POSTED: Sunday, August 18, 2013 - 9:53am
UPDATED: Sunday, August 18, 2013 - 11:58am
(CNN) — It's high time for the United States to cut off its $1.3 billion in aid to Egypt as the military regime cracks down violently on protesters, Sen. John McCain argued Sunday.
The Arizona Republican added the U.S. has lost its credibility in the region after failing to follow its own law that requires suspending aid to states overtaken by a military coup--though the U.S. has not officially described the recent regime change in Egypt as a coup.
"We have no credibility. We do have influence, but when you don't use that influence, then you do not have that influence," McCain said on CNN's "State of the Union."
McCain, along with Republican Sen. Lindsey Graham, traveled to Egypt earlier this month at the request of President Barack Obama to implore military leaders to begin holding elections and transition into a democracy.
While McCain voted late last month to maintain aid to Egypt, the longtime senator has since had a change of heart and is now joining others, including Republican Sen. Rand Paul, in calling for the Obama administration to suspend aid.
Breaking from his vacation in Martha's Vineyard last week, Obama made a statement about the renewed unrest in Egypt, saying the U.S. will cancel its upcoming joint military exercises with the country. But he stopped short of suspending the aid.
With much of that $1.3 billion going to the Egyptian military, McCain argued the continued assistance will further spur tension and anti-American sentiments in the region.
"With Apache helicopters flying overhead (in Egypt), nothing is more symbolic of the United States of America siding with the generals," he told CNN's chief political correspondent Candy Crowley.
Republican Sens. Kelly Ayotte of New Hampshire and Bob Corker of Tennessee, who initially voted to maintain aid, also said Sunday that U.S. should withdraw assistance.
"They're obviously getting the impression that no matter what they do, our aid will continue. So we do need to exercise our influence by saying we're going to follow the law ... (and) suspend aid, until you restore democracy," Ayotte said on NBC's "Meet the Press."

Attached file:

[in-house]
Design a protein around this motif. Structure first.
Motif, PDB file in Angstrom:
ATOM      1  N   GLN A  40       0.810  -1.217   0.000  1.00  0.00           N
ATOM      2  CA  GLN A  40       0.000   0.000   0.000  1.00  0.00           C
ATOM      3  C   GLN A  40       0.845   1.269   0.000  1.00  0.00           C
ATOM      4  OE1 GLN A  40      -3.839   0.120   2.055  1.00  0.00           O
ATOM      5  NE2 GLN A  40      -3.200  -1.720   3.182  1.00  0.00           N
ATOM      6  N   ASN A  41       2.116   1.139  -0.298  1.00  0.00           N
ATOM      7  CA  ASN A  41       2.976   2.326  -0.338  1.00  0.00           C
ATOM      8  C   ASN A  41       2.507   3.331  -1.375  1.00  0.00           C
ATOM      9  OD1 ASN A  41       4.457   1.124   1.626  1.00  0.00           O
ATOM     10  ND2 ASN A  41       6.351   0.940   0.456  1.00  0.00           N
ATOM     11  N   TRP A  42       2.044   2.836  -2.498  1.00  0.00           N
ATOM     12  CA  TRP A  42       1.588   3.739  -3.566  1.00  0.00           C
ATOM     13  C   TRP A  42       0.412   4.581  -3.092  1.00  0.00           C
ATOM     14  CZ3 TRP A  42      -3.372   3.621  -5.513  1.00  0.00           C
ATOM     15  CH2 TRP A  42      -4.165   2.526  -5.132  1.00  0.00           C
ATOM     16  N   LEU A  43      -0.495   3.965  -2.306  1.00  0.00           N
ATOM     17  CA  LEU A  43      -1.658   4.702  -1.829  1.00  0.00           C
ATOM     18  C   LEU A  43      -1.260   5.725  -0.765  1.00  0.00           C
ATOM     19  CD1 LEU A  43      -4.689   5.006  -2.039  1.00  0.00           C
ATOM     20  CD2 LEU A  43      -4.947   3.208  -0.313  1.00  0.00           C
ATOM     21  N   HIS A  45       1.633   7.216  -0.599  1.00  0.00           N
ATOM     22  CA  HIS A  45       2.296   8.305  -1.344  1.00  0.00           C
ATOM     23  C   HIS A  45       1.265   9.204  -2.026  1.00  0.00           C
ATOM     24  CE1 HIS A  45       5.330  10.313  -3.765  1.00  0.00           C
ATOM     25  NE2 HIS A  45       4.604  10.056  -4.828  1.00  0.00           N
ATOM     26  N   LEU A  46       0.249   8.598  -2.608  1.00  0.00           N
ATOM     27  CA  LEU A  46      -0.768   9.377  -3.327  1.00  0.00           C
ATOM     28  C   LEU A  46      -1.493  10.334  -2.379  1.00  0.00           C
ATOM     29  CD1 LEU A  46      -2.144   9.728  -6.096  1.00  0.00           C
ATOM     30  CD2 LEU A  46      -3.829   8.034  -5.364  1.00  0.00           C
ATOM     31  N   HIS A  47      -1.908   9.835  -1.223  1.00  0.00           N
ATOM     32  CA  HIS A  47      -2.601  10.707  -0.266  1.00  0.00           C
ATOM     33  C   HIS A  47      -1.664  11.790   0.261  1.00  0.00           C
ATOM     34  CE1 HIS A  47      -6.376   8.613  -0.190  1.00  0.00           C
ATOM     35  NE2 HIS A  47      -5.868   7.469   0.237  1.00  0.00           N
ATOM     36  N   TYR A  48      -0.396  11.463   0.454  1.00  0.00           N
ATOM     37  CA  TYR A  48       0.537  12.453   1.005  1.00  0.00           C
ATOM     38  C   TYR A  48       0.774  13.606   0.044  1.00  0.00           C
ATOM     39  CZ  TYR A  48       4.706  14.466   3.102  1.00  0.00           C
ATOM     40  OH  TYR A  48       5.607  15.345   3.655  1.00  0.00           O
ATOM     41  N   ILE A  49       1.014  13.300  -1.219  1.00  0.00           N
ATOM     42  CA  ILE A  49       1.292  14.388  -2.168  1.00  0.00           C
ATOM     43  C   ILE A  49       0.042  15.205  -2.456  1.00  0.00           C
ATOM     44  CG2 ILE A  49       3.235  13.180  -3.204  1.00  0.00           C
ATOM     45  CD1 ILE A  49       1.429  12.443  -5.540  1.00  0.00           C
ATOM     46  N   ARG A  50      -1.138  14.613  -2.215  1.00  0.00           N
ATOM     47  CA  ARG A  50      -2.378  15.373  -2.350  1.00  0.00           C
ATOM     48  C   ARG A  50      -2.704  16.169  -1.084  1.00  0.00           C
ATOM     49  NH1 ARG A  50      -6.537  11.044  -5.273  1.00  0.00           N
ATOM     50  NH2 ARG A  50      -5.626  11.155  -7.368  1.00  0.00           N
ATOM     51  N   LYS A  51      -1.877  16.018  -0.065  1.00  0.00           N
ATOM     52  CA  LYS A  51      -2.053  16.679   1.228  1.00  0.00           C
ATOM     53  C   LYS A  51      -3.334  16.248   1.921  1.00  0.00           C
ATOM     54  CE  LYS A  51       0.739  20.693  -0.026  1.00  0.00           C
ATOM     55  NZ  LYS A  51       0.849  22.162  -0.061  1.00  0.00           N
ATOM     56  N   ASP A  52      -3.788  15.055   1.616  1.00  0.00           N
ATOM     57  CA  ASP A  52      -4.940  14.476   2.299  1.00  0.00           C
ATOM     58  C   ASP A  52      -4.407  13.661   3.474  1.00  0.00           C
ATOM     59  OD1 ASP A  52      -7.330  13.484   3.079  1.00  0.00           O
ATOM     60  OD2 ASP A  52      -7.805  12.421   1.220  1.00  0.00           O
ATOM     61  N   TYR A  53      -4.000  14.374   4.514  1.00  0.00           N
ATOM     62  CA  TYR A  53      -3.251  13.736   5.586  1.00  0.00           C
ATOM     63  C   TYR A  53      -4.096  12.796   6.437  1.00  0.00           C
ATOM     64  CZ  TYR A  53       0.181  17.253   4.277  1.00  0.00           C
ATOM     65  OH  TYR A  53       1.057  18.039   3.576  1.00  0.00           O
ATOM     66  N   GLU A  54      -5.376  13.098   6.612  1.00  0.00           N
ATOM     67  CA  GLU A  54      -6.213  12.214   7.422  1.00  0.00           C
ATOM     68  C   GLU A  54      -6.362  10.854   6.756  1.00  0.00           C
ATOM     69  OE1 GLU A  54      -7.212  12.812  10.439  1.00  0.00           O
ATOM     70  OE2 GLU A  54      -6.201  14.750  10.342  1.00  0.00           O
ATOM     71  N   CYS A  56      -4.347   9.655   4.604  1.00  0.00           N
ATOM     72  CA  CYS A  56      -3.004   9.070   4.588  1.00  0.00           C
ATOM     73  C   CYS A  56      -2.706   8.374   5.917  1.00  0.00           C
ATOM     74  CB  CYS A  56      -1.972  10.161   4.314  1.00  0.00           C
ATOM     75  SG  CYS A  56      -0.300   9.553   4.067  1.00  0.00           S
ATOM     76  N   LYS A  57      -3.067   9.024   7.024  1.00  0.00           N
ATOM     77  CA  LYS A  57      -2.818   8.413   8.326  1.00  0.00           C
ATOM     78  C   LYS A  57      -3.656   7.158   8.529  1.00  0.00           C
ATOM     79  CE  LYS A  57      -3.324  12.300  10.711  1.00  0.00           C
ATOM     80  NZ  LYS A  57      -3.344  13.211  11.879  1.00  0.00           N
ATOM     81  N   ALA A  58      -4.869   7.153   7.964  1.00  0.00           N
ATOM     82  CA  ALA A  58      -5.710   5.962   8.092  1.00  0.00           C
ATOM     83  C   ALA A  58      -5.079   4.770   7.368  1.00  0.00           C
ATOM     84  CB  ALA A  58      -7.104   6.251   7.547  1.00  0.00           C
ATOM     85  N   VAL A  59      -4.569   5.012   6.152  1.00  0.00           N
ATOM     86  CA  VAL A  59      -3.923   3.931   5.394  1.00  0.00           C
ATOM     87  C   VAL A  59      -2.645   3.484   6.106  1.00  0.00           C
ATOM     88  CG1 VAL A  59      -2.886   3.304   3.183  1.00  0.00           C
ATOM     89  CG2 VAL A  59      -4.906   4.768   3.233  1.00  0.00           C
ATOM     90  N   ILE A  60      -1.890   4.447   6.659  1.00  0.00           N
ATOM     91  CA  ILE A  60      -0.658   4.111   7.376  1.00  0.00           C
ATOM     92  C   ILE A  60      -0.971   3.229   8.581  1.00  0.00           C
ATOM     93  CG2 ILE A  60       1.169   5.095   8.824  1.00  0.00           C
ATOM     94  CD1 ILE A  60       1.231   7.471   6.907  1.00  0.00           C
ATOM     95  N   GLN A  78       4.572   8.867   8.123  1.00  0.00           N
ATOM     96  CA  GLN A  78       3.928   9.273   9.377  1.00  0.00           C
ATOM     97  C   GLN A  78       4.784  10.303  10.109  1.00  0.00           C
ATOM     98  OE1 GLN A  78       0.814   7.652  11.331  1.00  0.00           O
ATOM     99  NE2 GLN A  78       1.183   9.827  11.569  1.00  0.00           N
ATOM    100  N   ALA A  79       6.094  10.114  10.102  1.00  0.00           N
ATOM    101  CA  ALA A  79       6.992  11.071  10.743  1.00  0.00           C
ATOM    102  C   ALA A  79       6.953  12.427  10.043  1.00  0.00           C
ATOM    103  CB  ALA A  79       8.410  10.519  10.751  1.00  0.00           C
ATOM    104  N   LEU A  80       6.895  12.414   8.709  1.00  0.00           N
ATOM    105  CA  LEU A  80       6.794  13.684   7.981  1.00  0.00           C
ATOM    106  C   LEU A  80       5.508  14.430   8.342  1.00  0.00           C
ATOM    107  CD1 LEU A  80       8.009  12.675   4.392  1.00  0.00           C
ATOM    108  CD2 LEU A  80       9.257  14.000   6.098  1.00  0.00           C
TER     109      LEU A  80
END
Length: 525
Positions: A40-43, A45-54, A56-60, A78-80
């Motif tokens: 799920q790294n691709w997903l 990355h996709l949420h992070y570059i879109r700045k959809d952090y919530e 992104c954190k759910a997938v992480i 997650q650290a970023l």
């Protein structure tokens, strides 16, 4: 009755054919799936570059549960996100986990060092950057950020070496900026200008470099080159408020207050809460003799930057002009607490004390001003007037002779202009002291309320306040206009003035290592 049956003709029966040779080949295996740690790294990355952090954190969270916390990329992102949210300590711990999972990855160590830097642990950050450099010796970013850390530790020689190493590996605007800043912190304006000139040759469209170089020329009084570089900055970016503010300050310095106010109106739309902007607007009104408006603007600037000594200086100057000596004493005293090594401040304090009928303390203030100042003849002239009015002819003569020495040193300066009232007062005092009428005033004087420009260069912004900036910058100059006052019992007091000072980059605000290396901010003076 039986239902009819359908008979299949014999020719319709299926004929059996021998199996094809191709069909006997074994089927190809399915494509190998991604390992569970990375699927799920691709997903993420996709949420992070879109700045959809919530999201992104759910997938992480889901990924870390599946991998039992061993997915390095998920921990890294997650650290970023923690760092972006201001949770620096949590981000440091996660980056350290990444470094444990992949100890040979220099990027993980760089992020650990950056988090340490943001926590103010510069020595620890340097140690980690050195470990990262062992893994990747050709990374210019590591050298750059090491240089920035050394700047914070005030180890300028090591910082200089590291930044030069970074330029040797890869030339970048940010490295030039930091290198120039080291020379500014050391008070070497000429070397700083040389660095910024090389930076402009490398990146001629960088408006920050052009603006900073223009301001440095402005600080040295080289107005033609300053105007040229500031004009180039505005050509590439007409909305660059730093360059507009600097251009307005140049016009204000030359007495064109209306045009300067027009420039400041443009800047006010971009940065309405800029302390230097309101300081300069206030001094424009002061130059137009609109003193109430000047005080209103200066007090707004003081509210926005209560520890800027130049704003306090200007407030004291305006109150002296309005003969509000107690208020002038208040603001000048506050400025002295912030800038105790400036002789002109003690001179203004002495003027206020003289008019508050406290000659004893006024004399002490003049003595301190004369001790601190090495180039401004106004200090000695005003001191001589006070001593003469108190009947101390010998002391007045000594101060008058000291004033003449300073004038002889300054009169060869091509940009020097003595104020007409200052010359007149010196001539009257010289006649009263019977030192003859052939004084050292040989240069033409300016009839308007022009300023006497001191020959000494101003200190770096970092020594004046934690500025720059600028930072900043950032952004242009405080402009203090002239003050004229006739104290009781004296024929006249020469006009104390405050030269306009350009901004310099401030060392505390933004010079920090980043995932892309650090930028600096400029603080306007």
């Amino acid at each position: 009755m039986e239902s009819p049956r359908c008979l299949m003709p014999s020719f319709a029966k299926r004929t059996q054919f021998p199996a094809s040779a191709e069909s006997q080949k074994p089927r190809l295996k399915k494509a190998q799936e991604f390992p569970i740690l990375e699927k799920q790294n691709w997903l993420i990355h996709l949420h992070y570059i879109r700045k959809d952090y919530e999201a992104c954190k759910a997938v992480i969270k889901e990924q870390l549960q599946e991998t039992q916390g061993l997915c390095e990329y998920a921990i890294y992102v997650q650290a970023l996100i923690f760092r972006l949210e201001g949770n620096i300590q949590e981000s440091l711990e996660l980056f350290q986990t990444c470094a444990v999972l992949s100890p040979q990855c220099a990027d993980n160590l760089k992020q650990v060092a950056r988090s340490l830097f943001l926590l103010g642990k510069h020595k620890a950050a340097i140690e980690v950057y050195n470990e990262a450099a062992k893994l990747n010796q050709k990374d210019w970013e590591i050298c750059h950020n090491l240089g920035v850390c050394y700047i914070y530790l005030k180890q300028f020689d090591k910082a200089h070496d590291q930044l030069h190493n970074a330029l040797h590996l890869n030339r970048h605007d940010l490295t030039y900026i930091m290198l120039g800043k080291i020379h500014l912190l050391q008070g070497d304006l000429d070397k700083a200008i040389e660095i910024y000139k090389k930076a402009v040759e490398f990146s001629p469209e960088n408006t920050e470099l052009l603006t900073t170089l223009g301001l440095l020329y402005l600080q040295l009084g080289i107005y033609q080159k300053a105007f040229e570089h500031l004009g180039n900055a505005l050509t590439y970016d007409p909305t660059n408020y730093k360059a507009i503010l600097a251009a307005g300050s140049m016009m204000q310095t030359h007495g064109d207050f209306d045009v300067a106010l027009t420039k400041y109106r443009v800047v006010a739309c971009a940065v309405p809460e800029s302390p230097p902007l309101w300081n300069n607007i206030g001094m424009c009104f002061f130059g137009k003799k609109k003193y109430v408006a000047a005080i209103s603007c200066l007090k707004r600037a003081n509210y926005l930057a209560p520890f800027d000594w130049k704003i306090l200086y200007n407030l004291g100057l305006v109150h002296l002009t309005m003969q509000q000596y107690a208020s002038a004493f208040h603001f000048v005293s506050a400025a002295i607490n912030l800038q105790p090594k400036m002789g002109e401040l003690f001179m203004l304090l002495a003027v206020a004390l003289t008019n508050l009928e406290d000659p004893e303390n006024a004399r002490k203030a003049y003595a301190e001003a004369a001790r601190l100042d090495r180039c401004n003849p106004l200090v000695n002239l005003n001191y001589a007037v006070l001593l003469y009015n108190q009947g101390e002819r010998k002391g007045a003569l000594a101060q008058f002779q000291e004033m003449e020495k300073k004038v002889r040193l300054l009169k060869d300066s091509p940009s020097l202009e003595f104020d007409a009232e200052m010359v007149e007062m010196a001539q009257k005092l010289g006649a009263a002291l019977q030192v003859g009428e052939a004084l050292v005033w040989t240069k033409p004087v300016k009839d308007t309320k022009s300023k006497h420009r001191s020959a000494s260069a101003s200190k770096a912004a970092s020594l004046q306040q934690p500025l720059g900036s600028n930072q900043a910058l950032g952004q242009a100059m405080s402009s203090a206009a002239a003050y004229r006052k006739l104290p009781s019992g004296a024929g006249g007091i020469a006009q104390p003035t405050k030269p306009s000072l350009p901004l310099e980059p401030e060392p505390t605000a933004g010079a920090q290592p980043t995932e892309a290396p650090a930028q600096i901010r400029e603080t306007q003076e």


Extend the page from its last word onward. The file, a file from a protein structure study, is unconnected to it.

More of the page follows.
On the same program, Democratic Sen. Jack Reed of Rhode Island said recent acts by the Egyptian military are "completely unconscionable, and I do believe we have to change our aid."
Democratic Rep. Eliot Engel of New York, however, said while the U.S. may not have as much influence over Egypt as it once did, he believes Egypt's military leaders don't want to obliterate its relationship with the U.S. and therefore the Obama administration still has "substantial influence."
"It's a little bit bizarre to understand why they're doing what they're doing, but I don't think you throw the baby out with the bathwater. Egypt's an important country, and I think we have to be very careful before we willy-nilly just cut off aid," Engel said on ABC's "This Week."
As for why McCain and others supported the aid in the Senate vote last month, McCain said he wanted to give the military regime in Egypt an opportunity to enact a democratic government. He and other senators also argued that a cutoff of aid to Egypt would ultimately hurt Israel.
Asked Sunday if he still believes a suspension would indirectly damage the Jewish state, McCain said there would be a "risk."
"But I also would point out that the Mubarak regime and this regime is stoking anti-Americanism to a large degree, and anti-Israel rhetoric is very high," he said. "I believe that Israel can defend itself, although it may be of some cost to them, but look at the cost of American credibility."
McCain said the Obama administration's handling of Egypt is just one sign of what he described as the president's lack of foreign policy in the Middle East.
"There is no policy, and there is no strategy. And therefore, we react and we react poorly," he said.